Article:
I wish I had a nickel for all the times I’ve heard the phrase “my dog isn’t food motivated” as an excuse for why someone can’t get their dog to sit, fetch, come, or whatever behavior they are trying to teach. Such owners often simultaneously cite their dogs’ stubbornness, breed, drive, or other characteristics as proof that they cannot learn what other dogs can. So, how much truth is there to those assertions?
Well, in the case of food motivation, no truth whatsoever. Any organism that rejects nourishment dies. So, if you think your dog is truly and totally unmotivated by food, you should check his pulse right away!
I find it endlessly amusing that the owners of independent breeds seem largely unaware that the Internet is filled with just as many assertions about their particular breed being food motivated as it is by their particular breed being unmotivated. When training, it’s best to just look at the one dog before you, assess the situation unemotionally, and proceed according to the science and good training mechanics. But, a caveat. If you go around thinking that your dog is different, special, and no one understands, you are making excuses, not proceeding according to science. If behaviorists can make gorillas push their butts into a needle to get an injection, then certainly the same principles by which they do that can help you train your dog to come – if you use them and use them correctly.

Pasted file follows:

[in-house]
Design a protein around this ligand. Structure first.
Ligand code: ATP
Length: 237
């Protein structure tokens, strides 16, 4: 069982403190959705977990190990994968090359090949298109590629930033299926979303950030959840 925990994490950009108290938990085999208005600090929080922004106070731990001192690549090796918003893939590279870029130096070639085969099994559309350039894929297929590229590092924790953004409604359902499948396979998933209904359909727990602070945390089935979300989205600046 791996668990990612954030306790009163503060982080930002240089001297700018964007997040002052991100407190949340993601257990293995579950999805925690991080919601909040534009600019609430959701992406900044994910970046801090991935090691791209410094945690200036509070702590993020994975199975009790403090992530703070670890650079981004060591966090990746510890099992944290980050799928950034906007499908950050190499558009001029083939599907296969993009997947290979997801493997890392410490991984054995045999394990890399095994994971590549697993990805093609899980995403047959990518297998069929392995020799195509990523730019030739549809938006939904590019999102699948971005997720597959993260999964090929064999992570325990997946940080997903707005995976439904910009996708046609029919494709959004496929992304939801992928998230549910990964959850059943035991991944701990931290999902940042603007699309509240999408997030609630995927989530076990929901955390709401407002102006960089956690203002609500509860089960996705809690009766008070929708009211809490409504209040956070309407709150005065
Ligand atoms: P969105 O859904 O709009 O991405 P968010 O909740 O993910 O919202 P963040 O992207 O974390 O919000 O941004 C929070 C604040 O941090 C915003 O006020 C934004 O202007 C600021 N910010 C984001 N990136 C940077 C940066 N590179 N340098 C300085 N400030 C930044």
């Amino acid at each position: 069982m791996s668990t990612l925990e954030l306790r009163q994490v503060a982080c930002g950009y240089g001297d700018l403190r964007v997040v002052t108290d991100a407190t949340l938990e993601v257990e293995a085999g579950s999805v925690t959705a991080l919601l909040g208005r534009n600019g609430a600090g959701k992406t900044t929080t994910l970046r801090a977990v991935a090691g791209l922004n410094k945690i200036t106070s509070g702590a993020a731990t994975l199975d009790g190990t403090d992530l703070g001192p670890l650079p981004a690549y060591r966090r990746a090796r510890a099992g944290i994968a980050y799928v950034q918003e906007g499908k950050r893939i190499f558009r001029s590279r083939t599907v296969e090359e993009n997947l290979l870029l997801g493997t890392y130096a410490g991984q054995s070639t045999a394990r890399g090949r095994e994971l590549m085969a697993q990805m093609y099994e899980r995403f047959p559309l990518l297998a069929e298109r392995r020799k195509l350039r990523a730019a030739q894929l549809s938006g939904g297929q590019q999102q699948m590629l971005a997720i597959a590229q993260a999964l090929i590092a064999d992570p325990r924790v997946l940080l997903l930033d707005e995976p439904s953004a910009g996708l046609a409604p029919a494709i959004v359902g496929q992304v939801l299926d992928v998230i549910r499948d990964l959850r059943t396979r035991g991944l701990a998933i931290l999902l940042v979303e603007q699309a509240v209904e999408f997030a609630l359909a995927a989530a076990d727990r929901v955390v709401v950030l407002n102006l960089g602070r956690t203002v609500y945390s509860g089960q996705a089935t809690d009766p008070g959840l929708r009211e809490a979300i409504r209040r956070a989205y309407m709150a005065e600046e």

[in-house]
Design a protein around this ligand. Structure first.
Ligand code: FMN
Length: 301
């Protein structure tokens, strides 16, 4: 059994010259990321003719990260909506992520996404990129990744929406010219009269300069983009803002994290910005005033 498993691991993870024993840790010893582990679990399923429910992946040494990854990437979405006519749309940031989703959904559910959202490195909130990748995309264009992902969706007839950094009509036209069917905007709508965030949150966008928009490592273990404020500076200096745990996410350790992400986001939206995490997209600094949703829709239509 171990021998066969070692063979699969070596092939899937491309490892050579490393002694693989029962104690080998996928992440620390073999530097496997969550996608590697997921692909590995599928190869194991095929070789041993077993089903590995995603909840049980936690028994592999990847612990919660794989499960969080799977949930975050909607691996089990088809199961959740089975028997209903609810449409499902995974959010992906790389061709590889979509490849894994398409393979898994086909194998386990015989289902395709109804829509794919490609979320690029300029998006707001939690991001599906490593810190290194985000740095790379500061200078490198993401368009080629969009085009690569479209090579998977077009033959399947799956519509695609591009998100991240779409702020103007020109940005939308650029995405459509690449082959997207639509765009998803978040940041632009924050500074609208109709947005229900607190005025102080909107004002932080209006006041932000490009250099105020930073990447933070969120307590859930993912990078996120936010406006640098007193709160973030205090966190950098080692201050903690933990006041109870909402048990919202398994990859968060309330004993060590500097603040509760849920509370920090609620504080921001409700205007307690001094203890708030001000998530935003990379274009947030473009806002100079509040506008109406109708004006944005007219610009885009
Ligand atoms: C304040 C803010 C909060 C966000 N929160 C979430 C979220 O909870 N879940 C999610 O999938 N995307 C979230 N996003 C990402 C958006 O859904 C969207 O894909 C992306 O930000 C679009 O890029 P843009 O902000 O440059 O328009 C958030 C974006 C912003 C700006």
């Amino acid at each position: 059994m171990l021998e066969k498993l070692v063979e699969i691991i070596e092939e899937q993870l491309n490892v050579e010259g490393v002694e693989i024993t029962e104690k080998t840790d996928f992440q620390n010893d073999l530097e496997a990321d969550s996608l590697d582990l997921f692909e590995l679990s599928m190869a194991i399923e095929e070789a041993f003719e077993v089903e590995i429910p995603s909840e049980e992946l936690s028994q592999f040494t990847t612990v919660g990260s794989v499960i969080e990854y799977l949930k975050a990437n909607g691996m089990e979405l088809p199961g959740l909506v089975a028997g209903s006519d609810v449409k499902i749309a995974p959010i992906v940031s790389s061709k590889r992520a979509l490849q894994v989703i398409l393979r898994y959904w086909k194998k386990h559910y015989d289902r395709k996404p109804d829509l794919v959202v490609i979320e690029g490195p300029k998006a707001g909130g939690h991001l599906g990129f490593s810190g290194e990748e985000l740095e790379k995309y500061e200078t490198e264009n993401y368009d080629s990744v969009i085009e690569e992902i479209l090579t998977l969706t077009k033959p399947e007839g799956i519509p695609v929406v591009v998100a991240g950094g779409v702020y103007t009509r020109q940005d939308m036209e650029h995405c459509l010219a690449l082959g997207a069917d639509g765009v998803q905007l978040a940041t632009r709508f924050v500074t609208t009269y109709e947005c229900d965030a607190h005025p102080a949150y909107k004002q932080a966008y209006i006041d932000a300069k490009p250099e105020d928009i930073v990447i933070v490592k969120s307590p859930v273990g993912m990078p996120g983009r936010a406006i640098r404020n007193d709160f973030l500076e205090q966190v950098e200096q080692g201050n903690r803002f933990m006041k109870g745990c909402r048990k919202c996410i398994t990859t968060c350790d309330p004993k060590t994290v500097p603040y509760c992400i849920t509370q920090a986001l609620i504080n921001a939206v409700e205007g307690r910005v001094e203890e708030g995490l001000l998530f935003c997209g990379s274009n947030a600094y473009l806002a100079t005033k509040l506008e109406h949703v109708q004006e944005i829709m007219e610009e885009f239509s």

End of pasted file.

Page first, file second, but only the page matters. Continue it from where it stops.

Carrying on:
The key to early learning and to retention is that you MUST use a reinforcement that the dog wants and use it at a high rate at first, then at an intermittent rate later. So, what are those reinforcements and how can we insure that our dogs get reinforced sufficiently to facilitate learning?
The reinforcement that most dogs prefer is food. There are some legitimate reasons why a dog might not take food in a given circumstance, however. One of the most common is anxiety. A dog’s system is designed to travel light when they feel they may need to fight or flee. Another is taste aversion. If a dog eats something that makes him queasy, even days later he can decide not to eat that particular food again. A third reason is satiety. If the dog just had dinner, he may not be very interested in continuing to eat, just because you want to work on “sit.” Some dogs refuse food in the presence of another, some won’t eat without the presence of another.
Trainers who want to use food as a reinforcement have some options on how to make it more appealing to a dog that doesn’t seem interested at the moment (we’ll talk about other reinforcements beside food in a bit). Firstly, the trainer can remove the dog from any anxiety-producing environment to a safer place to begin the training sessions. See if the dog will take a delectable “freebie” such as beef, chicken, lamb lung, tripe, etc. If he will, begin training. If not, lower your expectations and begin in an environment where he can take the treat, which indicates less anxiety.
Many dogs who won’t work for a store bought treat in the presence of distractions will work for something of higher value. It can pay off to do a “hierarchy of treats” test with your dog. What does the dog like better if you offer chicken and beef simultaneously, for example?